This qualitative case study aimed to construct an understanding of academic writing of culturally diverse adolescent undergraduate students in relation to their cultural and linguistic identities. The study focused on five participants. All participants were between 18 and 22 years old, and they varied in academic standing. The participants’ countries of origin were India, Nigeria, and the United States. The American participants were from Latin and South Asian cultural backgrounds. I performed three semi-structured interviews with each participant to gather data. I also collected two writing assignments from each participant, an assignment that participants liked writing, and another they disliked writing. I formulated questions for the third interview based on those assignments. The questions for the first and second interviews focused on the students’ background and their perception and experience of academic writing. I used grounded theory to explore the themes inherent in the data and Gee’s identity tool to discover participants’ cultural and writerly identities. The data were presented through multiple case studies and cross case analysis to identify the similarities and dissimilarities across the cases. Results suggested that participants’ academic writing experience and perception were reciprocal for the participants. All the participants mentioned perception and experience components synchronously when explaining their academic writing approach, process, strengths, and weaknesses. They also drew on their culture and language when explaining their academic decisions or academic writing. This dissertation research advocates for a need for students to be able to connect their cultural and linguistic identities with their academic writing.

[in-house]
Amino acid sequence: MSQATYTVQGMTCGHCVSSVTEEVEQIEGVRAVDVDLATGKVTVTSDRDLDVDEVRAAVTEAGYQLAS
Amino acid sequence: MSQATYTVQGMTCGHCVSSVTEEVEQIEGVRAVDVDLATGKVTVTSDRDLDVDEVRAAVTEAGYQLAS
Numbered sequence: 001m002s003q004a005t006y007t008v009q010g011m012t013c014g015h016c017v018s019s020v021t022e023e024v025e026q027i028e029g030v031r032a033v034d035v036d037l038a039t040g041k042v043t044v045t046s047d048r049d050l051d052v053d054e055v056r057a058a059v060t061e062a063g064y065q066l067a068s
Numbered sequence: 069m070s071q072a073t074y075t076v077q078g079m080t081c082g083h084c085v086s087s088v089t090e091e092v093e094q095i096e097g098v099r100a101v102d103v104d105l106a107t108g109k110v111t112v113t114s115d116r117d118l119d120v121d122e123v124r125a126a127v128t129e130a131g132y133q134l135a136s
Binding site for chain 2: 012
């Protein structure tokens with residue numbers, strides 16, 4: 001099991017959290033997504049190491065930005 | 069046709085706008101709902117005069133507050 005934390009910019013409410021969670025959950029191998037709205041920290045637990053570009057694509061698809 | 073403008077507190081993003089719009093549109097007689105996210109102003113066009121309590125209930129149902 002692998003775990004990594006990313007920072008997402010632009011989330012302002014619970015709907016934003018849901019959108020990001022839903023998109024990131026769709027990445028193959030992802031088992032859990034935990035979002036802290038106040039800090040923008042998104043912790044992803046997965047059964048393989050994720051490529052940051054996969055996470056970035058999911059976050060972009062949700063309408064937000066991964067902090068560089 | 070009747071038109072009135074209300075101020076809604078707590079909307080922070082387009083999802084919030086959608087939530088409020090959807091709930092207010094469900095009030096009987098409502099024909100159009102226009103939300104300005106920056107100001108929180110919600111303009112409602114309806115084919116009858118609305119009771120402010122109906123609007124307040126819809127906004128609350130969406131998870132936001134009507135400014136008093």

|Commitee:||Agran, Martin, Cho, Jeasik, Rush, Leslie, Shim, Jenna|
|School:||University of Wyoming|
|Department:||Curriculum & Instruction|
|School Location:||United States -- Wyoming|
|Source:||DAI-A 80/01(E), Dissertation Abstracts International|
|Subjects:||Bilingual education, Education, Language|
|Keywords:||Academic writing, Cultural and linguistic identities of undergraduate students, Cultural identity and academic writing, Culturally relevant pedagogy, Culturally responsive teaching, Undergraguate adolescents|
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